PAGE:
Milton Hershey: The Hershey Company
If you have a sweet tooth, you’re surely familiar with Hershey products. Hershey makes the Hershey Kiss, Reese’s Peanut Butter Cups, and countless other popular confections. With such widespread success it may shock you to learn that its creator, Milton Hershey, started three candy companies before he finally hit it big!
Hershey’s three initial ventures all failed, but his fourth attempt at the candy business, Lancaster Caramel Company, eventually grew into the chocolate empire that now bears the famous Hershey name.
Oprah Winfrey: Media Mogul
Oprah: Five letters is all she needs these days. However, Winfrey’s road to one-woman TV star, mogul, and CEO of her own empire wasn’t always smooth. Winfrey was fired from her first local reporting job in Baltimore. Rather than turn in her TV card, she held fast to her media dreams.
Her doggedness paid off. Winfrey ended up hosting her own talk show, which she has since expanded into a billion-dollar media empire.
Henry Ford: Ford Motors
Ford cars are a household name and one of the leading domestic auto companies. The successful Ford Motors was preceded by back-to-back failed auto companies headed by Henry Ford. The third time was the charm, and the Ford Motor Company is now more than 100 years old. Ford’s estimated net worth is now over $100 billion.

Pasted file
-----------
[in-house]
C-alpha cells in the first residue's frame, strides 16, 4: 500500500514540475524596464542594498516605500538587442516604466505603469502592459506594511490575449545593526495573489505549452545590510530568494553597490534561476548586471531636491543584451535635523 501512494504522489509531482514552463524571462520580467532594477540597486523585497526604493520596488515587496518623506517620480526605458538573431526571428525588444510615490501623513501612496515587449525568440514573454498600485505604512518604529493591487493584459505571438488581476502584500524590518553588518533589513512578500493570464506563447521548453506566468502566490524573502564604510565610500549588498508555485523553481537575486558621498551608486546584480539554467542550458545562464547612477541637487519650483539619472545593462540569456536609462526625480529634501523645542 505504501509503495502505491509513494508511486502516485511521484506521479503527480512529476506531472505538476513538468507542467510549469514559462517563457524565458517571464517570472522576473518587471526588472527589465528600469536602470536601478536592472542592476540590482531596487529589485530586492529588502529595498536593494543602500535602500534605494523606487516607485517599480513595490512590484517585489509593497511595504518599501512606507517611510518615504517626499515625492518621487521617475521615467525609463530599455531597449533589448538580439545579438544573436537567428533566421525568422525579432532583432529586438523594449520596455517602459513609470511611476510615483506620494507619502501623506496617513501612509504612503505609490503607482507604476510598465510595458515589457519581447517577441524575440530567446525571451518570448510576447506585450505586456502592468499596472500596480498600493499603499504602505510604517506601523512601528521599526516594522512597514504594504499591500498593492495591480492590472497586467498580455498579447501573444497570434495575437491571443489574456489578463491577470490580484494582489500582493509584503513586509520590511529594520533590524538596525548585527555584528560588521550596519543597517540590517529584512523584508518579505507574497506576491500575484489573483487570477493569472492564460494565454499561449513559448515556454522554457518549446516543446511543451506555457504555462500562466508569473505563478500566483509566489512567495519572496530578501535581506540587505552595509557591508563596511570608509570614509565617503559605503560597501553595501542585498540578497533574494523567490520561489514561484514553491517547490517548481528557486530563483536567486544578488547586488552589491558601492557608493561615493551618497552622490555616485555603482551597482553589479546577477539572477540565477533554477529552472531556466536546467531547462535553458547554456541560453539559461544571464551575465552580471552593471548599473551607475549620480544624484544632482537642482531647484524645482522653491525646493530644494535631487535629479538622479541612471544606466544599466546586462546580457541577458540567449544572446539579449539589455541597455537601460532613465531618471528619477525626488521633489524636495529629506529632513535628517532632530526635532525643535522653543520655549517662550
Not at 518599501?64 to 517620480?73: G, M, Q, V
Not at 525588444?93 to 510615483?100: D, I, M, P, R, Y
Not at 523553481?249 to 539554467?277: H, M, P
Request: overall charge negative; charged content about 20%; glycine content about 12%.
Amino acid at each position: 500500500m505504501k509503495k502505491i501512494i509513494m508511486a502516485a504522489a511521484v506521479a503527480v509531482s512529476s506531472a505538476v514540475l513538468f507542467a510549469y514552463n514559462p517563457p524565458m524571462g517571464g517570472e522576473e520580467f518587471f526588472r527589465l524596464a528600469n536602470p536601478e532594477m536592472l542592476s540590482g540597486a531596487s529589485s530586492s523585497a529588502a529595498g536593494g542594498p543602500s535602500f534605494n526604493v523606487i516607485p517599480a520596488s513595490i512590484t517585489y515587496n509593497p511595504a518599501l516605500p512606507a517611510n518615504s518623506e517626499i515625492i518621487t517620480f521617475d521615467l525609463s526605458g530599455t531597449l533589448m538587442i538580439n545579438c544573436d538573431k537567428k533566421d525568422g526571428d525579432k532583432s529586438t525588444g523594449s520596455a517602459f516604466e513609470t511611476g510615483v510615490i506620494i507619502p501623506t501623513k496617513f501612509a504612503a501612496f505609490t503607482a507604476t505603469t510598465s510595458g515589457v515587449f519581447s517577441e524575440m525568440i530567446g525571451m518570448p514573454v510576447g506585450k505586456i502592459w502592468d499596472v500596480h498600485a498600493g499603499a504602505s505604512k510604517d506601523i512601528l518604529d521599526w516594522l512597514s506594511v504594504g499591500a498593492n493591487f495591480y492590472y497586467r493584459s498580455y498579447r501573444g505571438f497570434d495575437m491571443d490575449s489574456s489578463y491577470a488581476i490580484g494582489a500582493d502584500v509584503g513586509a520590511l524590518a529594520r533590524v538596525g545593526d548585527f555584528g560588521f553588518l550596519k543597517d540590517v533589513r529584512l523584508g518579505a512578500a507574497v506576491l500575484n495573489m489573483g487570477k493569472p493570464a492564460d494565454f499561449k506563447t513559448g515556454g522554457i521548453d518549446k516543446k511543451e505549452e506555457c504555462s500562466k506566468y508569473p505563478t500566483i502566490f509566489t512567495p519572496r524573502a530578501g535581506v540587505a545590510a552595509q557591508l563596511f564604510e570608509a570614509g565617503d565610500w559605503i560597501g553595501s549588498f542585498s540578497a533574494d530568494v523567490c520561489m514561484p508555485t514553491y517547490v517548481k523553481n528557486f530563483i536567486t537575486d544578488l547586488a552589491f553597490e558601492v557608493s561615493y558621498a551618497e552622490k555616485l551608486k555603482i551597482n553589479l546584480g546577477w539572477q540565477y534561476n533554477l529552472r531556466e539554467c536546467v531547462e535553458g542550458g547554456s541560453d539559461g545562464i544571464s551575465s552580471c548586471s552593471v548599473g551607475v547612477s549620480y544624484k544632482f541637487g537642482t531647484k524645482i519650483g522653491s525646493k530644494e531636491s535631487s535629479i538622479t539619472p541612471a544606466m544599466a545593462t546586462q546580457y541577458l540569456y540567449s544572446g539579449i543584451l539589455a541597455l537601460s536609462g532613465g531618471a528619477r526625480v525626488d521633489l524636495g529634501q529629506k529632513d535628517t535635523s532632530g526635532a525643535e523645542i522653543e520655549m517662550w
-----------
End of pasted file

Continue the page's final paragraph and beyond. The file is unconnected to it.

Steven Spielberg: Three-Time Oscar Winning Director
Spielberg’s name is synonymous with filmmaking. Before going on to direct epic hits such as Jaws, E.T., and Jurassic Park, Spielberg was a three-time film school reject.
Spielberg had the last laugh; he’s now a fourteen-time Oscar nominee and three-time winner.
Arianna Huffington: The Huffington Post
Huffington is the cofounder of the online newspaper The Huffington Post. Before embarking on to the path to media stardom and wealth, Huffington struggled to get her second book published. Her manuscript was rejected – not once, not twice, but thirty-six times by various publishers!
Nevertheless, Huffington donned a thick skin and didn’t quit on her dreams. According to her, “My mother used to tell me, ‘failure is not the opposite of success, it’s a stepping stone to success.’ So at some point, I learned not to dread failure. I strongly believe that we are not put on this Earth just to accumulate victories and trophies and avoid failures; but rather to be whittled and sandpapered down until what’s left is who we truly are.”
Richard Branson: Virgin Group Founder
Branson grew his fortune as a result of the runaway success of his Virgin empire. But along the way, Branson hit more than his fair share of serious roadblocks.
Branson opines, “Failure is a necessary part of business, so it’s incredibly important for all entrepreneurs and business leaders to know when to call it a day, learn from their mistakes, and move on, fast.”
Sean Parker: Napster and Facebook Pioneer